*emphasis mine

Critical Thinking

Leaving this here to remind myself to read it again later.

The teaching profession is infected with the idea that “critical thinking” is the primary goal of education. The idea comes in a few different disguises. When I was taking a “Teaching Composition” course in grad school, they called it “Writing across the curriculum.” Unfortunately, the result is a pedagogy that looks askance at anything that resembles rote memorization or knowledge mastery, and is accompanied by textbooks with fragmented bits of content. I had some firsthand experience of this when I taught from a Common Core English high school textbook a few years ago.  It’s a sad state of affairs.

On Critical Thinking:

Thinking cannot be separated from knowledge. Instead, critical thinking is learning to use our knowledge. The most effective critical thinkers, then, are those who learn history or physics. The stuff we learn about matters.

How, then, should colleges and universities understand skills? They should see them in relation to the goods of liberal education. This means that skills should be developed in the context of reading and writing about literature or history or engaging in scientific inquiry.

We can only think critically about things about which we have knowledge, and we can only make use of facts if we know how to think about them.

In other words, intellectual skills and knowledge are not two distinct things. They must work together to produce critical thinkers. Put more baldly, despite all the rhetoric, there is no such thing as critical thinking in general.

Holiness and Wendell Berry

Brad East has a great line at the end of a short post about holiness.

What I am convinced about is that, e.g., the moral vision of Wendell Berry is both good and beautiful and not sufficiently converted to the gospel. And if some forms of Christian political theology don’t recognize that, then so much the worse for them.

Reading those final sentences, I had a familiar experience where I thought, “Hey, I think that’s been a blind spot in the way I’ve thought about X, and I think it explains some of the intuitive, though mostly subliminal, hesitation I may have had about it.” Maybe Berry’s work isn’t Christian enough, which is an odd thought if you’re at all familiar with Berry. Read the rest of Brad’s post to find out what “not Christian enough” might mean.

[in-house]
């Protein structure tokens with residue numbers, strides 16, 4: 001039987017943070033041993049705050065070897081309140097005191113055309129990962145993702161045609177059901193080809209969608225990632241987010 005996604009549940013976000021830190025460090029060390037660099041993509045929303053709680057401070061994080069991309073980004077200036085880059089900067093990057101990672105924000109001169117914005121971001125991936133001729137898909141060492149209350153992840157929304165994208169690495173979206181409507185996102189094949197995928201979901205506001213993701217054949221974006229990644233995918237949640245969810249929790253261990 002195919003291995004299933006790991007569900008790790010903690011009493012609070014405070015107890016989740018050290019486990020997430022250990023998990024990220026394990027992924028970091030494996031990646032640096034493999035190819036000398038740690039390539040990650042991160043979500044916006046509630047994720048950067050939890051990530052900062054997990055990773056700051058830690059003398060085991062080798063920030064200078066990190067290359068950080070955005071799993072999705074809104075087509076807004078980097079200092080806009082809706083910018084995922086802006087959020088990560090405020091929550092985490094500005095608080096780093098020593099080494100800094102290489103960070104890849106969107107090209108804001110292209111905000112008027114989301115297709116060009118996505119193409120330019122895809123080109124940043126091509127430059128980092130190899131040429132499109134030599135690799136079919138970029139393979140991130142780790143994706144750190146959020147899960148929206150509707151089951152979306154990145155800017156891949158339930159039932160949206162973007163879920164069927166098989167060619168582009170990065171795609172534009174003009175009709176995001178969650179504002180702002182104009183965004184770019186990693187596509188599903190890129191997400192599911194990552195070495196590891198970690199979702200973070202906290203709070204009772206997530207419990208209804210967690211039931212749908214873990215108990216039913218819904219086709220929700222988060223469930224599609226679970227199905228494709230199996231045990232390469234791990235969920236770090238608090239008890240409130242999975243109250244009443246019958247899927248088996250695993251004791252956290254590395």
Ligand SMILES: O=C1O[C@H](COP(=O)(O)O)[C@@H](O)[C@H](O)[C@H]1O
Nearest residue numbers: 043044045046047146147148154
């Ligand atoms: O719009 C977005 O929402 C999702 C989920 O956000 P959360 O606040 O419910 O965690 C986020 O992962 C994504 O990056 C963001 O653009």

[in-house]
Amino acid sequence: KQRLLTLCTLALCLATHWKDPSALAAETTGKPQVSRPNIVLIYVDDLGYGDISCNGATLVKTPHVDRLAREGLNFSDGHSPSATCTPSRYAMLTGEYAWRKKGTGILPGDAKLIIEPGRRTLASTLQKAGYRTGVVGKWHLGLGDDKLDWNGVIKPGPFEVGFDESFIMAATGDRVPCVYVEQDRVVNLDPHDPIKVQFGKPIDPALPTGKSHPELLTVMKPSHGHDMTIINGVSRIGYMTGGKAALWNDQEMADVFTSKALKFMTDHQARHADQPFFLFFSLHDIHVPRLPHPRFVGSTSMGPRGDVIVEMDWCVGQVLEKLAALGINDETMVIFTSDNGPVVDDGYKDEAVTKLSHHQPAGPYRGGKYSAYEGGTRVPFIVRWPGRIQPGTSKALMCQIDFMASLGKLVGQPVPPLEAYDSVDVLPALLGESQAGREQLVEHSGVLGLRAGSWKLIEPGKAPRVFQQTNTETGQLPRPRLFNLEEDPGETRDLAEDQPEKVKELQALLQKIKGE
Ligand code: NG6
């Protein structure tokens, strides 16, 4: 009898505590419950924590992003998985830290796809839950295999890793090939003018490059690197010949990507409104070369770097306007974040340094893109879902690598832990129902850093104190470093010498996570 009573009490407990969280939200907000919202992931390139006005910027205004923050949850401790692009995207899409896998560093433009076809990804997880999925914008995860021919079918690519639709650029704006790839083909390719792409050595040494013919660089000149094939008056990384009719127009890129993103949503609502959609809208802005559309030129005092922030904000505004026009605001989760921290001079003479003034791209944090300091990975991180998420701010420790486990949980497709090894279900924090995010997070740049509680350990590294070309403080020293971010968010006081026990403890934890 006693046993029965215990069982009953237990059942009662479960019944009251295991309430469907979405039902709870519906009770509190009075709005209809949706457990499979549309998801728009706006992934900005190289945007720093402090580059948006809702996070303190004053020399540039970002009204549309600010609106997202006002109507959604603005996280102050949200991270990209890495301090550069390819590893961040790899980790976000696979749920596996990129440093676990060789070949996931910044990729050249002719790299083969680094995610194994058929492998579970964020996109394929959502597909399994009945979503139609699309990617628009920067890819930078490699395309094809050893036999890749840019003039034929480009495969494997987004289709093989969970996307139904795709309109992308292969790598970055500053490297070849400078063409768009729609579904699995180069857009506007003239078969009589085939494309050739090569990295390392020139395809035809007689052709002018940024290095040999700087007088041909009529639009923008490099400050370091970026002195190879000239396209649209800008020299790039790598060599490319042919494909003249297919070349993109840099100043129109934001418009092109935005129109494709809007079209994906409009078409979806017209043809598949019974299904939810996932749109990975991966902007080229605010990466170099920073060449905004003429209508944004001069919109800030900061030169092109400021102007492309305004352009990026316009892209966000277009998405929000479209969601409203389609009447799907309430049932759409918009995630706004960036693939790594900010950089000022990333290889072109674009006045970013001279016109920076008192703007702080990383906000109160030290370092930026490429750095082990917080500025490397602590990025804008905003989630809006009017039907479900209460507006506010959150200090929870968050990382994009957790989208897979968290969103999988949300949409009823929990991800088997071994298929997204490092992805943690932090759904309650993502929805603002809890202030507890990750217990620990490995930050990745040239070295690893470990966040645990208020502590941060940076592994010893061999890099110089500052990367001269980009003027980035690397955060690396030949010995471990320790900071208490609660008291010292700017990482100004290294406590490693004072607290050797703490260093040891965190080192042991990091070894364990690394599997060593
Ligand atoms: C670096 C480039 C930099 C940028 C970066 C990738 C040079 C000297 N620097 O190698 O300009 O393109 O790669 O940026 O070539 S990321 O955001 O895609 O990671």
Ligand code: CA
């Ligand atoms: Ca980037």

Social Conditioning

Alan Jacobs:

I don’t think we reckon with this phenomenon often enough, or seriously enough. The major social-media companies have been conducting for the past decade an implementation of B. K. Skinner’s principles more massive than anything we can truly imagine. They have found ways to get billions of people to volunteer for the experiments and devote sometimes hours a day to pursuing them. Operant conditioning at this level works. And its effects are difficult to undo.

One way to see this: often when people get sick of Facebook or Twitter or Instagram and find some other online venue, they simply bring with them to their new location the habits they learned in the previous ones: the snark of Twitter, the rants of Facebook, the posturing of Instagram. It’s like the old line about travel: wherever you go, there you are. It’s hard enough for people to leave Facebook or Instagram or Twitter behind; what’s almost impossible to leave behind is the person that those sites’ algorithmic behaviorism turned you into.

Having recently deleted my Twitter account, I’m officially off social media. And I can tell you, Jacobs is not wrong. The withdrawal symptoms of FOMO (fear of missing out) and a general disorientation about where and what to give my attention to online are powerful forces that make me wonder if I made a poor decision. I’ve been conditioned a) to expect the internet to behave like a social media site, and b) to find the deluge of information that floods a social media feed comforting.

It’s probably too soon for me to make a true assessment of this decision. So, I plan to stick to it for a while. In the meantime, I’ll try to hang around here a little more as I work through the withdrawal symptoms.